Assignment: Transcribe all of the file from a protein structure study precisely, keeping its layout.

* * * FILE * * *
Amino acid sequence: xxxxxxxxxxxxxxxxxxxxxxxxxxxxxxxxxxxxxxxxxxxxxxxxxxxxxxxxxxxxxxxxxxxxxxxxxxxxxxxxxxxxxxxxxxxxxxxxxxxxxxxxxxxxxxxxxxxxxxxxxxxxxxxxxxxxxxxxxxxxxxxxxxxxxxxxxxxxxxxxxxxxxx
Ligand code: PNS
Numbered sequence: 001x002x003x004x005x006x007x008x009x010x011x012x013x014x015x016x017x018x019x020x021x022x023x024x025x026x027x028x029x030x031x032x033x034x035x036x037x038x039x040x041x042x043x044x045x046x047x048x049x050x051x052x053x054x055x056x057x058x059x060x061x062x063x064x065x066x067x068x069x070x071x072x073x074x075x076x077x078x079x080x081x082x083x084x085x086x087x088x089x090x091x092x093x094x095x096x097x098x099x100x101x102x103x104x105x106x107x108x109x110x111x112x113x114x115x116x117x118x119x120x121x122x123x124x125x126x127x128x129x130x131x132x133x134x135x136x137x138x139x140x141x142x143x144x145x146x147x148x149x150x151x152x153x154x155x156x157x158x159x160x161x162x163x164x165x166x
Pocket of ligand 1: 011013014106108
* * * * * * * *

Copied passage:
Amino acid sequence: xxxxxxxxxxxxxxxxxxxxxxxxxxxxxxxxxxxxxxxxxxxxxxxxxxxxxxxxxxxxxxxxxxxxxxxxxxxxxxxxxxxxxxxxxxxxxxxxxxxxxxxxxxxxxxxxxxxxxxxxxxxxxxxxxxxxxxxxxxxxxxxxxxxxxxxxxxxxxxxxxxxxxx
Ligand code: PNS
Numbered sequence: 001x002x003x004x005x006x007x008x009x010x011x012x013x014x015x016x017x018x019x020x021x022x023x024x025x026x027x028x029x030x031x032x033x034x035x036x037x038x039x040x041x042x043x044x045x046x047x048x049x050x051x052x053x054x055x056x057x058x059x060x061x062x063x064x065x066x067x068x069x070x071x072x073x074x075x076x077x078x079x080x081x082x083x084x085x086x087x088x089x090x091x092x093x094x095x096x097x098x099x100x101x102x103x104x105x106x107x108x109x110x111x112x113x114x115x116x117x118x119x120x121x122x123x124x125x126x127x128x129x130x131x132x133x134x135x136x137x138x139x140x141x142x143x144x145x146x147x148x149x150x151x152x153x154x155x156x157x158x159x160x161x162x163x164x165x166x
Pocket of ligand 1: 011013014106108